A chain of for-profit colleges abruptly closed Wednesday, leaving students and staff across the country scrambling.
Birmingham, Alabama-based Education Corp. of America is closing schools operating as Virginia College, Brightwood College, Brightwood Career Institute, Ecotech Institute and Golf Academy of America in more than 70 locations in 21 states.
The school specialized in programs including nursing and skilled trade.
Students in Las Vegas were notified by e-mail Wednesday morning that the college will cease operations on Friday.
“I was shocked. As a matter of fact, I was disappointed,” said student Carolina Fata.
In October, the company said it owed $46.8 million to unsecured creditors. ECA announced it was closing some locations once students completed classes, but said it would continue others.
“The Department of Education added requirements that made operating our schools more challenging,” said Stu Reed, President & CEO of Education Corp. of America. “In addition, last night ACICS suspended our schools’ accreditation with intent to withdraw. The uncertainty of these requirements resulted in an inability to acquire additional capital to operate our schools.”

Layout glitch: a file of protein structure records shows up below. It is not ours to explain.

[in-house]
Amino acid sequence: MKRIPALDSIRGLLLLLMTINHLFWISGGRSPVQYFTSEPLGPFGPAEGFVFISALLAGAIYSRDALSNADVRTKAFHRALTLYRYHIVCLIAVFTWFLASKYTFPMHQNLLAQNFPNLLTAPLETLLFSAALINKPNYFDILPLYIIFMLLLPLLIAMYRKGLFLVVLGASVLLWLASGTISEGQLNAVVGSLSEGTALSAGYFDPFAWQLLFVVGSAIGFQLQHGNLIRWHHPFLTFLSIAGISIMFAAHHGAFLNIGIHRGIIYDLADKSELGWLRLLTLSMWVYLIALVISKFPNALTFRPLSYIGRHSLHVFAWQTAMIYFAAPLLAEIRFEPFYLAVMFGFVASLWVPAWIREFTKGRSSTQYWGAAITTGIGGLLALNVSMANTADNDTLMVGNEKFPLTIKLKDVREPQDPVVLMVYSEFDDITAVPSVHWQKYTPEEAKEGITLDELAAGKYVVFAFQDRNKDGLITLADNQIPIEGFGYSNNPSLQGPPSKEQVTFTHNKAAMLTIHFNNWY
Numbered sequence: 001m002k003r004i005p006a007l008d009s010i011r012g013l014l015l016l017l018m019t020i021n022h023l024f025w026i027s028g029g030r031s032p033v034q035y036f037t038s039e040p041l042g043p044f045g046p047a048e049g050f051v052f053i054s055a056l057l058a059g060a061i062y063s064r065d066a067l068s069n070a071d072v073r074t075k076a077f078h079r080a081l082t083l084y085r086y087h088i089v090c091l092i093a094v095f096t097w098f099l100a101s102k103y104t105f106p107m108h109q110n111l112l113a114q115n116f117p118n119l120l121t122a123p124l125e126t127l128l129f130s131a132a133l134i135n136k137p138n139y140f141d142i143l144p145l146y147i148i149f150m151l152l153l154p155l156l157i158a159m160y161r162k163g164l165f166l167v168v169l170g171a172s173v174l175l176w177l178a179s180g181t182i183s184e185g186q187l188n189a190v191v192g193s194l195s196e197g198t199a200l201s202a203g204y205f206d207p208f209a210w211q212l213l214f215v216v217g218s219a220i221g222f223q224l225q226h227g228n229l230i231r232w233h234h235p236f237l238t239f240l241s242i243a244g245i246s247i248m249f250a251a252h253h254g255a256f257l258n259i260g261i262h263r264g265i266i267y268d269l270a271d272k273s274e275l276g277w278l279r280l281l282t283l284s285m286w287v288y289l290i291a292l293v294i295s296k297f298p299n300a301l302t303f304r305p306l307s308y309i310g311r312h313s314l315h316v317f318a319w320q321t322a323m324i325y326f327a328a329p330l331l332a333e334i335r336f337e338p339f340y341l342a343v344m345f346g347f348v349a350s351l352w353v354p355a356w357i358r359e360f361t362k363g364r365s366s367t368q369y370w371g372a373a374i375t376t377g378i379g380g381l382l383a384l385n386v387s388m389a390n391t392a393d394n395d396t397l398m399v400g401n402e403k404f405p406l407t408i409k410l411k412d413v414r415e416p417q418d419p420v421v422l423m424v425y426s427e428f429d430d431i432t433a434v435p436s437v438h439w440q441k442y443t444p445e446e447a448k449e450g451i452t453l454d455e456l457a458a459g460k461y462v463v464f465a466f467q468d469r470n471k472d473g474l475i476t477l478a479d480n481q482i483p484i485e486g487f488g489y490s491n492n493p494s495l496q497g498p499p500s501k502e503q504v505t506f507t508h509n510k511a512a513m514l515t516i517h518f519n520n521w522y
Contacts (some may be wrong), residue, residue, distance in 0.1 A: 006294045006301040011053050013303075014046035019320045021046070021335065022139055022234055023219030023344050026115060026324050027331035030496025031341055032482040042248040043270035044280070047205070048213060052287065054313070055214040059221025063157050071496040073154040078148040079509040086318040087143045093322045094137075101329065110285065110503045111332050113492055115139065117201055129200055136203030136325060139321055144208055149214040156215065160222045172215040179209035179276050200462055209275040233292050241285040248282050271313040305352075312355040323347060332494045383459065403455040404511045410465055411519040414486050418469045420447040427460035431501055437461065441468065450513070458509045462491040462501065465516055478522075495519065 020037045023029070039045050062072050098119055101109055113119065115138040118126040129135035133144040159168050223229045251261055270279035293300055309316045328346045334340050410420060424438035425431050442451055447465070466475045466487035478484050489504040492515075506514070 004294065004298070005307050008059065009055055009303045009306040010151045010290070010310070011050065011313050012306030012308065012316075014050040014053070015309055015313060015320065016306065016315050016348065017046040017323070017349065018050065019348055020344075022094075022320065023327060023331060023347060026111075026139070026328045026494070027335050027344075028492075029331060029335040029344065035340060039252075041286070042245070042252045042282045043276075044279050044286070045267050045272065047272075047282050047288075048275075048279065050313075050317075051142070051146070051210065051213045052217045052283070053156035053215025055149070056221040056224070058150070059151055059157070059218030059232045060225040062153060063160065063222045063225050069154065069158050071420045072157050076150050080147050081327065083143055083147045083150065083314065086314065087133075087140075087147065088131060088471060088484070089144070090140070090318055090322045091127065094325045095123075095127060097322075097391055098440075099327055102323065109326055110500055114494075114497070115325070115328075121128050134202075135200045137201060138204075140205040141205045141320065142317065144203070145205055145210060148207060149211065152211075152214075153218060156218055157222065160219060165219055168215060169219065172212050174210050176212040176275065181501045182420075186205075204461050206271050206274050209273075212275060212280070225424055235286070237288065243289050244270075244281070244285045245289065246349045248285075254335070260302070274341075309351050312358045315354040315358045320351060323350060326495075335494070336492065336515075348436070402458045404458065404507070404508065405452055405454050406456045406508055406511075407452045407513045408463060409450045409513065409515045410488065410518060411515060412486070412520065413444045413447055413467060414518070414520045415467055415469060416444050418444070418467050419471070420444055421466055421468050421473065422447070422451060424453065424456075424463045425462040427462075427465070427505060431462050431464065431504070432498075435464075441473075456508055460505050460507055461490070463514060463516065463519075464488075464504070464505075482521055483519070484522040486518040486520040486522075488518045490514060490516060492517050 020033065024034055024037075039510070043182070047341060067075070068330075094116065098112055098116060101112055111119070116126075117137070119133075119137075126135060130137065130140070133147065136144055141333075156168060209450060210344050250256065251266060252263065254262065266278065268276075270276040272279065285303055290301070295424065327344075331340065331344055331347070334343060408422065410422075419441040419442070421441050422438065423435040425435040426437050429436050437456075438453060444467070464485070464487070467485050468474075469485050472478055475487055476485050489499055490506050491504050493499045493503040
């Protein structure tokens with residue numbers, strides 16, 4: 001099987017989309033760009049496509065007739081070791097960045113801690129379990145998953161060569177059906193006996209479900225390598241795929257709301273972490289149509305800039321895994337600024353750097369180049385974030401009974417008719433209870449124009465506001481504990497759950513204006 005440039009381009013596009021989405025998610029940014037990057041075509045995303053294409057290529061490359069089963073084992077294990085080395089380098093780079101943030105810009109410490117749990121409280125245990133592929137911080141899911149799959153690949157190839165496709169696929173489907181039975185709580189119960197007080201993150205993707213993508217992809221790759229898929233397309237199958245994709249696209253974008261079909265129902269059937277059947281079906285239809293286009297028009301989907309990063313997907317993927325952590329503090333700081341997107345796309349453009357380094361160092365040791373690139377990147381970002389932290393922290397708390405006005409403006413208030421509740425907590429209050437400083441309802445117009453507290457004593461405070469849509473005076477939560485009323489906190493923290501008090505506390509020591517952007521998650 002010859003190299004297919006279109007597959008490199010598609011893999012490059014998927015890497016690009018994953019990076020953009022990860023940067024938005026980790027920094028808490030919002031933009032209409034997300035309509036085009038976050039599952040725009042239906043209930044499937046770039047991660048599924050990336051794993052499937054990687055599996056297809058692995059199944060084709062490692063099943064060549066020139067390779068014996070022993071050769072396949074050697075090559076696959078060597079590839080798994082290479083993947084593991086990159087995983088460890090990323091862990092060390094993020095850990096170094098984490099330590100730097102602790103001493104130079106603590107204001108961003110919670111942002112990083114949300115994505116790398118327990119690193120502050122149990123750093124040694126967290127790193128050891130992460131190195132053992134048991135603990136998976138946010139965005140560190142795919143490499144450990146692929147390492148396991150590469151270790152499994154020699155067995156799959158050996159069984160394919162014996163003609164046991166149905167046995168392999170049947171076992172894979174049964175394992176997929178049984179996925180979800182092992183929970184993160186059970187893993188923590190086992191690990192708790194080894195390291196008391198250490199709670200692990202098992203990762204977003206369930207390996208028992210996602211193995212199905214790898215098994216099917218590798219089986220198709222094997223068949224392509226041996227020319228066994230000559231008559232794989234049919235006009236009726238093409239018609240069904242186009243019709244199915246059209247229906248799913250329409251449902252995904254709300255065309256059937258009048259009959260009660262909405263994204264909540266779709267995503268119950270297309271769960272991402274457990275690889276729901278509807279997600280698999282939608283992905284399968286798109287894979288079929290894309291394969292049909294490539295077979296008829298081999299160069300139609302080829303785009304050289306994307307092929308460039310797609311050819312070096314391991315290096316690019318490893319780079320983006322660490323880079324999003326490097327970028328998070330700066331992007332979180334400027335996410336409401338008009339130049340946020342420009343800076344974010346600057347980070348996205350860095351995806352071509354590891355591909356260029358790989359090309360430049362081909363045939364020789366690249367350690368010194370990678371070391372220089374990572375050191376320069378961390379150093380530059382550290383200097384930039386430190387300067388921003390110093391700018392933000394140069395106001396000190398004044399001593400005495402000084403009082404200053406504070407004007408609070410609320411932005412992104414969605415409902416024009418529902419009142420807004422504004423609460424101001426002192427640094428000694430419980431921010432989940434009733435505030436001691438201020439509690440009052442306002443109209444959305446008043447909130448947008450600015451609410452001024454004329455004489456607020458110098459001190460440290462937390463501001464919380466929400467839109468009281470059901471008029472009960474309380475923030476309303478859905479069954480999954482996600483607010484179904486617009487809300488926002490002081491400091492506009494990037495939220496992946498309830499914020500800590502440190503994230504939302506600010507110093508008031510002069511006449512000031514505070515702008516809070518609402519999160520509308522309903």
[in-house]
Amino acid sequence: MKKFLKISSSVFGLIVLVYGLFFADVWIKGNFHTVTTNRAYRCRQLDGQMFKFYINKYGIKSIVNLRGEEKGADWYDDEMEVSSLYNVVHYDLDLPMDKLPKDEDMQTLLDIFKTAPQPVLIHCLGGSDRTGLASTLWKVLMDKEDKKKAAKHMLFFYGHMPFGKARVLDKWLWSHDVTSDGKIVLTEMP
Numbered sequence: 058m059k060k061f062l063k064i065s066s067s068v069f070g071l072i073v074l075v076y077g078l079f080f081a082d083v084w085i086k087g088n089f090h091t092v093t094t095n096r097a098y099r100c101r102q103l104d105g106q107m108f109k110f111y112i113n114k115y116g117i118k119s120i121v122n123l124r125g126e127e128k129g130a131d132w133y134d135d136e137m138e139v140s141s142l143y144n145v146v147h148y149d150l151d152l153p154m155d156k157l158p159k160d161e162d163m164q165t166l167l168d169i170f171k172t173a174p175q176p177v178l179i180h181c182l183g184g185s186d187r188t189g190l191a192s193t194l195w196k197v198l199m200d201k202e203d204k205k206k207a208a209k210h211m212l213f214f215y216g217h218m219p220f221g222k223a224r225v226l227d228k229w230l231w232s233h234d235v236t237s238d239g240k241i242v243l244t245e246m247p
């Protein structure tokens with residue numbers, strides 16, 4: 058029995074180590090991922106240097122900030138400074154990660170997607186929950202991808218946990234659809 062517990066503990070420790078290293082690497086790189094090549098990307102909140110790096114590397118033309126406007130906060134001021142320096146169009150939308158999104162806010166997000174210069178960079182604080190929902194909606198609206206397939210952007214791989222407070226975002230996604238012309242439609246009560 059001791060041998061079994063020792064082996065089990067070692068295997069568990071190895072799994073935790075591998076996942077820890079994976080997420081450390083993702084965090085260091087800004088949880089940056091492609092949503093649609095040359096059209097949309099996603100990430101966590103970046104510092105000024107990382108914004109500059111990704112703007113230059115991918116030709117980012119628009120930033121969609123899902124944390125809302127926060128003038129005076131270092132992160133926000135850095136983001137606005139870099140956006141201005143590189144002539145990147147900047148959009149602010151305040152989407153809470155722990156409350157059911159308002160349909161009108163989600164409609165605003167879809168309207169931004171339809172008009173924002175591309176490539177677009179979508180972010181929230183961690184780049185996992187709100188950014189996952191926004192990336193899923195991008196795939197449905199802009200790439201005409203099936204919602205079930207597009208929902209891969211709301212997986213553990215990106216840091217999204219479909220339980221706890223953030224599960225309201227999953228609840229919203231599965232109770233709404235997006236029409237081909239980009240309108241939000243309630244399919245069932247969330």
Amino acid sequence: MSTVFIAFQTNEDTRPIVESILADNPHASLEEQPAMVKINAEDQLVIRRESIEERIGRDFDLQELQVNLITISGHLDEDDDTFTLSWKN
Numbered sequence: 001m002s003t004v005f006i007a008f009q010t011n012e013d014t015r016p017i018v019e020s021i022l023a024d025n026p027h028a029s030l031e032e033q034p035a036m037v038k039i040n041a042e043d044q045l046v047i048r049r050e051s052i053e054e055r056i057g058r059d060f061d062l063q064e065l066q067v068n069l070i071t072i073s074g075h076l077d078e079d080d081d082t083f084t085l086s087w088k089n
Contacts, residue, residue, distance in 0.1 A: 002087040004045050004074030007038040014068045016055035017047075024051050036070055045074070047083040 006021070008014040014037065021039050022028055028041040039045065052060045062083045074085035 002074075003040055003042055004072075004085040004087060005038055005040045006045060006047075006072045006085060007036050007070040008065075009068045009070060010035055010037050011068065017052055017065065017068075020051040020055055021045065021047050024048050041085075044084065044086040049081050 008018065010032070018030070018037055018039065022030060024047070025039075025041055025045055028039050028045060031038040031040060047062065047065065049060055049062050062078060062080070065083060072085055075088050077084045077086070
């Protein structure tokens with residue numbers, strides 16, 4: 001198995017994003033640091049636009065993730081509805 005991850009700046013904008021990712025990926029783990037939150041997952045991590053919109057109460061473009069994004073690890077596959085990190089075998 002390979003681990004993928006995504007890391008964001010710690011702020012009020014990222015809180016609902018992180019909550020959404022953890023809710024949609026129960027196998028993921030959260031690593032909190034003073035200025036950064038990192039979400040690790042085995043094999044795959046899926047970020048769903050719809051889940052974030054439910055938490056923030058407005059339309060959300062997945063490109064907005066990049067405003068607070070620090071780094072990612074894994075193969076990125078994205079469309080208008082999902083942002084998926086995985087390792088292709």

Carolina Fata wants to become a nurse.
“I’m here just to go into the office and find out what we as students have to do,” Fata said.
Now, Fata is forced like everybody else to find another path.
“I found out that ECA screwed us over. They didn’t give us a severance package. We have medical until Friday and they just threw us out to the wolves and we don’t know what we’re going to do,” said Sherry Teten, an admissions advisor. “It’s the holiday’s. We don’t know where our next meal is going to come from. So, it’s very heart-wrenching”
According to an e-mail sent to students, information about transcripts and transfer recommendations will be available on Dec. 17.
“I’m still in shock and still numb because I gave my heart to it all,” said Teten.
Students may ask the U.S. Department of Education to cancel loans if a school closes.